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Study: Social Media Could Be Bad For Kids

Doctors worry that smart phones and laptops have become the "babysitters" and families are forgetting how to interact face-to-face.
Doctors worry that smart phones and laptops have become the "babysitters" and families are forgetting how to interact face-to-face.

The same doctors we turn to when it comes to keeping our babies healthy now say an unhealthy habit could be leading our children into dangerous territory.

For the first time in a decade, the American Academy of Pediatrics has revised its guidelines regarding young people and the use of media.

It says parents should place a 2-hour time limit a day on their son or daughter's smart phone use of what they call "passive screen time"--playing video games, watching YouTube or movies, and tweeting or checking out Facebook.

The study's author says the 8 hours young people currently spend on passive screen time is way too much.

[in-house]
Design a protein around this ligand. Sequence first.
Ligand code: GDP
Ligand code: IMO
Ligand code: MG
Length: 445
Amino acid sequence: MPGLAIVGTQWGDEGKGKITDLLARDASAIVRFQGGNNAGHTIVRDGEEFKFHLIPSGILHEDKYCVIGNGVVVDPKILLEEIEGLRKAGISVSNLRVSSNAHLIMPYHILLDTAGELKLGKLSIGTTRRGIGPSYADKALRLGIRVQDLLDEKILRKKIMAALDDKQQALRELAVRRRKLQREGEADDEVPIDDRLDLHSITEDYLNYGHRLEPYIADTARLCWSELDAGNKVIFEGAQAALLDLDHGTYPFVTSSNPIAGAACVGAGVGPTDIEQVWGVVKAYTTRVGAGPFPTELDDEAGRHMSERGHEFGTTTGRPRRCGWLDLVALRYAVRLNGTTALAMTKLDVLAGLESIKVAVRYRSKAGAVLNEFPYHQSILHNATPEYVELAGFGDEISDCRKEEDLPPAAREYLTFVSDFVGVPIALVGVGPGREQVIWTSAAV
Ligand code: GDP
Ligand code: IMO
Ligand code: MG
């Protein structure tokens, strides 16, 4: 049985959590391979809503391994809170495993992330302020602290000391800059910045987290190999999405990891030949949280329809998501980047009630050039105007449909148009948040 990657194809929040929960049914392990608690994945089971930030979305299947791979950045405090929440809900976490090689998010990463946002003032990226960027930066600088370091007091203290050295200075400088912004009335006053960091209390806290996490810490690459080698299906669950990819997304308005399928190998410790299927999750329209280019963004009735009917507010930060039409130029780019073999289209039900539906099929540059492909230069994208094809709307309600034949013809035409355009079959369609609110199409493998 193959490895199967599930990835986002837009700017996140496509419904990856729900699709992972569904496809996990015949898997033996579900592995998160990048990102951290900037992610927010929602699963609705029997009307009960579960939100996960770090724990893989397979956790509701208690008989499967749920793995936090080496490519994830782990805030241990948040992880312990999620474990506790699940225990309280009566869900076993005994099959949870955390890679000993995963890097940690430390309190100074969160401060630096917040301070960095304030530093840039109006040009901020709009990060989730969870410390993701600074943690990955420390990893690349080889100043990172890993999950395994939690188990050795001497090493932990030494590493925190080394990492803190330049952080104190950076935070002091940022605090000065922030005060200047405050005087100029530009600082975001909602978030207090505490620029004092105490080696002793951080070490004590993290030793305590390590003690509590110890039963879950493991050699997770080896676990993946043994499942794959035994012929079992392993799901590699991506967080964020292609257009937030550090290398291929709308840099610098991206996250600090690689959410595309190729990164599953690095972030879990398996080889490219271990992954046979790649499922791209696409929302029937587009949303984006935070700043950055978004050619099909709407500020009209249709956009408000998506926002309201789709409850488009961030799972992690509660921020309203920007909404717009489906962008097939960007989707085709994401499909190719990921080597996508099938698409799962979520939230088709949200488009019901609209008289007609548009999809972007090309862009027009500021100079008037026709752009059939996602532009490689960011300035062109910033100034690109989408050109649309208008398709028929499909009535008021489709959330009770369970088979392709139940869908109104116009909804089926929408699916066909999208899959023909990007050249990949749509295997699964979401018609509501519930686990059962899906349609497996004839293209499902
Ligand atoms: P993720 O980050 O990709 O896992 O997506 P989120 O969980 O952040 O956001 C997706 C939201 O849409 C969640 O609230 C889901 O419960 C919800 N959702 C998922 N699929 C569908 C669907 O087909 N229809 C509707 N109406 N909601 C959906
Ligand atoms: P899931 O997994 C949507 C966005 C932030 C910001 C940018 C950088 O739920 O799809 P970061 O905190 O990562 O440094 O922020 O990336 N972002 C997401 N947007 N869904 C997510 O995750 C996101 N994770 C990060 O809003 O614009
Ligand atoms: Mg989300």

"That's more time that they spend in school,” says Tom Orrock, a family therapist. “And more time that they spend on any other activity but sleeping. So yeah, there needs to be a more reasonable number than 8 hours a day."

Easier said than done.

Orrock recommends once homework is done, then it's time to negotiate.

"Get your homework done then you can be on your phone or on line or gaming between that time and dinner,” says Orrock.

And speaking of dinner, Orrock says make that quality family time, away from social media.

"It's almost to the point now where some families don't even know how to talk to each other when they do have time together,” says Orrock. “Just because it seems foreign to them to be sitting with each other just looking at each other."

The pediatric group says excessive media use contributes to obesity, lack of sleep and behavioral issues.

And, if you're wondering just how much more our kids are online: a new study shows there's been a 40 percent jump in electronic media use by children 8-years-old and younger.


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